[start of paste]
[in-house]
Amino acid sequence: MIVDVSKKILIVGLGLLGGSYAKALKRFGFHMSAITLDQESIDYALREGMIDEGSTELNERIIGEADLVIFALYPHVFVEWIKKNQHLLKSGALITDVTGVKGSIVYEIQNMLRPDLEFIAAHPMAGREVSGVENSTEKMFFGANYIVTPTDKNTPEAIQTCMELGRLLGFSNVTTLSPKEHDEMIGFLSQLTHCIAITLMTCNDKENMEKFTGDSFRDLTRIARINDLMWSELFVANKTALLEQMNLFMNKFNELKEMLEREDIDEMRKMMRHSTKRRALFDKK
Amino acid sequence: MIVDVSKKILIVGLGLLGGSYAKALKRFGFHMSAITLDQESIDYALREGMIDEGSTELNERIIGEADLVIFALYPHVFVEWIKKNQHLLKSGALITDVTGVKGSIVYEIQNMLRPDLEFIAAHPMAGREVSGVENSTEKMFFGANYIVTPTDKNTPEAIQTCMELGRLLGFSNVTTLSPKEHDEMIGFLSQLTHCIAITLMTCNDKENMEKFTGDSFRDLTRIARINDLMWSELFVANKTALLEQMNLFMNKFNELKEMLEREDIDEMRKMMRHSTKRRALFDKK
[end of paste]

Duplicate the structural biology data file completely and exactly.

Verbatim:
[in-house]
Amino acid sequence: MIVDVSKKILIVGLGLLGGSYAKALKRFGFHMSAITLDQESIDYALREGMIDEGSTELNERIIGEADLVIFALYPHVFVEWIKKNQHLLKSGALITDVTGVKGSIVYEIQNMLRPDLEFIAAHPMAGREVSGVENSTEKMFFGANYIVTPTDKNTPEAIQTCMELGRLLGFSNVTTLSPKEHDEMIGFLSQLTHCIAITLMTCNDKENMEKFTGDSFRDLTRIARINDLMWSELFVANKTALLEQMNLFMNKFNELKEMLEREDIDEMRKMMRHSTKRRALFDKK
Amino acid sequence: MIVDVSKKILIVGLGLLGGSYAKALKRFGFHMSAITLDQESIDYALREGMIDEGSTELNERIIGEADLVIFALYPHVFVEWIKKNQHLLKSGALITDVTGVKGSIVYEIQNMLRPDLEFIAAHPMAGREVSGVENSTEKMFFGANYIVTPTDKNTPEAIQTCMELGRLLGFSNVTTLSPKEHDEMIGFLSQLTHCIAITLMTCNDKENMEKFTGDSFRDLTRIARINDLMWSELFVANKTALLEQMNLFMNKFNELKEMLEREDIDEMRKMMRHSTKRRALFDKK